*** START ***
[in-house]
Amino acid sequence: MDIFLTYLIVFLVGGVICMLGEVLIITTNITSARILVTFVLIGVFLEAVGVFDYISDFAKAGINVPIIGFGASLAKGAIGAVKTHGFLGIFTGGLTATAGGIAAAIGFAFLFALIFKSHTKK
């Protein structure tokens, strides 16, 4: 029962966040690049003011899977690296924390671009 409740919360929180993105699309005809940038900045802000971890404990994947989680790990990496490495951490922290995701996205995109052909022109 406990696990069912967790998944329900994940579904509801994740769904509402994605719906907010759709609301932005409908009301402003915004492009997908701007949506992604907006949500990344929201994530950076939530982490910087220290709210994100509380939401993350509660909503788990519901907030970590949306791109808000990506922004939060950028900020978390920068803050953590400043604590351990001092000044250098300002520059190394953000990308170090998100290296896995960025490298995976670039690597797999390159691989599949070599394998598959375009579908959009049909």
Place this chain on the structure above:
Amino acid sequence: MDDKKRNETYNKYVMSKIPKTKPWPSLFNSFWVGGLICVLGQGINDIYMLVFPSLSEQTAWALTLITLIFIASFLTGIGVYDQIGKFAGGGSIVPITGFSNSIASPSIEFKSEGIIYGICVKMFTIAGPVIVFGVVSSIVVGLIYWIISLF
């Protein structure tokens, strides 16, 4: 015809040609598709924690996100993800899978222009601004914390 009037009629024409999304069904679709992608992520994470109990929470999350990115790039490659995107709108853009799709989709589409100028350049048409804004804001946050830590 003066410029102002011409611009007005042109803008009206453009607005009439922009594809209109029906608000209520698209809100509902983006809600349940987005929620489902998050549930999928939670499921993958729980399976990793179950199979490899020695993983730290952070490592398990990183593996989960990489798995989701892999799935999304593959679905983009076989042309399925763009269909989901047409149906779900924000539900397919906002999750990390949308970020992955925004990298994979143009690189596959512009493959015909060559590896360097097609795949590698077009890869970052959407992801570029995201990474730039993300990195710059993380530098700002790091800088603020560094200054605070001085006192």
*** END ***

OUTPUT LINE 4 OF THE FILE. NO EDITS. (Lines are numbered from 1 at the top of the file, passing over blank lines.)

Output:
Place this chain on the structure above: